Joslynn Ramirez was one of nearly 150 children treated free at Give Kids a Smile Day Feb. 8 at UT School of Dentistry. Photo by Dwight C. Andrews.
Nearly 150 youngsters received free dental care at The University of Texas School of Dentistry at Houston, thanks to more than 200 volunteers who pitched in for Give Kids a Smile Day on Feb. 8.
The annual event gives low-income or uninsured children access to much-needed dental care provided by senior dental and dental hygiene students under faculty supervision.
With financial support from the Susman Family Foundation and Ronald McDonald House Charities of Greater Houston/Galveston, UTSD provided treatments such as dental cleanings, fillings, extractions, sealants and stainless steel crowns. The estimated value of the care provided at the event topped $71,000, said UTSD Community Outreach Director Margo Melchor, RDH, MEd.
about 175 School of Dentistry students, faculty and staff participated,
along with more than 40 volunteers, including outside dental
professionals and students from UTHealth School of Nursing and
pre-dental student associations at the University of Houston and Rice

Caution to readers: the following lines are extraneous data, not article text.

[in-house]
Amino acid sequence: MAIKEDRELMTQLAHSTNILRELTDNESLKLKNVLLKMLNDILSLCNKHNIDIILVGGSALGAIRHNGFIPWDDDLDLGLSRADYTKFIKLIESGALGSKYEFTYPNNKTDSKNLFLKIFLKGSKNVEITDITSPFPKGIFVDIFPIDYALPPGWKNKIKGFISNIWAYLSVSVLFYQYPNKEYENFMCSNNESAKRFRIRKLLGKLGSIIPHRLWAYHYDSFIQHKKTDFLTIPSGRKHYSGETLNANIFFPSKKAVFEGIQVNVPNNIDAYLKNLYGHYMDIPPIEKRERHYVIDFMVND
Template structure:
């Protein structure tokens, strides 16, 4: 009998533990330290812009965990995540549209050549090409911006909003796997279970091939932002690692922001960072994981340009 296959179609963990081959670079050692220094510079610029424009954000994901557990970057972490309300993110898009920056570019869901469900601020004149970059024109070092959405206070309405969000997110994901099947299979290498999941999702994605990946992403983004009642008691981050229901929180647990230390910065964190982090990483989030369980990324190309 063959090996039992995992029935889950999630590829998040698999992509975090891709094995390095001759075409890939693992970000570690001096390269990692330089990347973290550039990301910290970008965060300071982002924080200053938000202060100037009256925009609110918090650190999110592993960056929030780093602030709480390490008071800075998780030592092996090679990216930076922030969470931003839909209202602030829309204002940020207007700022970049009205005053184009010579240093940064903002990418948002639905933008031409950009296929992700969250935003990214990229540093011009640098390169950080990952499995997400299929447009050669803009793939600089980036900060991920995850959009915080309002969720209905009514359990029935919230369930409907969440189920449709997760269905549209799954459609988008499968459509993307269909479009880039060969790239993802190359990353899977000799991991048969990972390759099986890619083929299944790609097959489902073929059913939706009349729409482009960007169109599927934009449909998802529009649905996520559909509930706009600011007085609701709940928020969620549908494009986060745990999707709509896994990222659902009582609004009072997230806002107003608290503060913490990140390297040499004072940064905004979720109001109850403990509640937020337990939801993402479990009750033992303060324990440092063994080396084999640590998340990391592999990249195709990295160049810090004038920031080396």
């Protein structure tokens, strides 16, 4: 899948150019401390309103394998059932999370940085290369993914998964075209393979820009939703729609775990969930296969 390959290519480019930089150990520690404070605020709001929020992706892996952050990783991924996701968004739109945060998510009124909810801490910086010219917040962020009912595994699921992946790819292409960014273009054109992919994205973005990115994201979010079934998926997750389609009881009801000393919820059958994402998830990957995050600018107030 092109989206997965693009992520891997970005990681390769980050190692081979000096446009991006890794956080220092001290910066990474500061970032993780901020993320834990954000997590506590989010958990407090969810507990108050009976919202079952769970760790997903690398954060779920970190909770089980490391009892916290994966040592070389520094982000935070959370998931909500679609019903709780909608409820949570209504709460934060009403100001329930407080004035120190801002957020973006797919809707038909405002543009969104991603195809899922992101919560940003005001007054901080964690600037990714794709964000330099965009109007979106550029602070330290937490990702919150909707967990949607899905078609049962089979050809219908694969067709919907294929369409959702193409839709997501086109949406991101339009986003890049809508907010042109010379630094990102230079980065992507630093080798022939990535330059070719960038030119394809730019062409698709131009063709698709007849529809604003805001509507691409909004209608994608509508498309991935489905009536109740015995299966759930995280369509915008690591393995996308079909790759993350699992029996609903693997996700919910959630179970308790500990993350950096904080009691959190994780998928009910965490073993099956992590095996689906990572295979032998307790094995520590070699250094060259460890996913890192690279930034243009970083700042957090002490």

The patients were chosen with help from Communities
in Schools - Houston (CIS), a nonprofit group that works with disadvantaged
children – and by the San Jose Clinic, a Catholic charity providing
health care to Houston’s needy.
UTSD began participating in Give Kids a Smile Day 2004 in observance of February as National Children’s Dental Health Month. This is the first year the event was held in the school’s new building with state-of-the-art clinical facilities.
Most of the children come from poor immigrant families – often undocumented – and their parents do not speak English, said Tony Martinez, director of dental services for CIS.
The legwork for the big day actually began weeks earlier when pediatric dentistry residents from UTSD took the school’s mobile dental van to three elementary schools and the San Jose Clinic to screen patients. About 180 children were examined and radiographed to determine what procedures they needed.
Many children had more extensive dental needs than could be fixed in a single day, so treatment decisions had to be prioritized, said Urvi Jadav, a pediatric resident who helped screen the children. Knowing that these children would not likely see a dentist again anytime soon also informed their treatment plans, she added.
“We wanted to provide definitive tooth restorations,” Jadav said.
With so many children coming to the clinic on the same day – and many of them nervous about seeing a dentist – keeping order is essential, said Laji James, DDS, a pediatric dentist in Houston and one of the day’s volunteers.
Crying can spread with large groups of young kids, said James, a veteran of charity dentistry events, so one of the main challenges in treating children is to keep them calm and dispel their fears.
This includes explaining to the child what is happening by speaking on their level and replacing dental terminology with kid-friendly terms. For example, the suction tube becomes “Mr. Thirsty” and the drill becomes “Mr. Whistle.”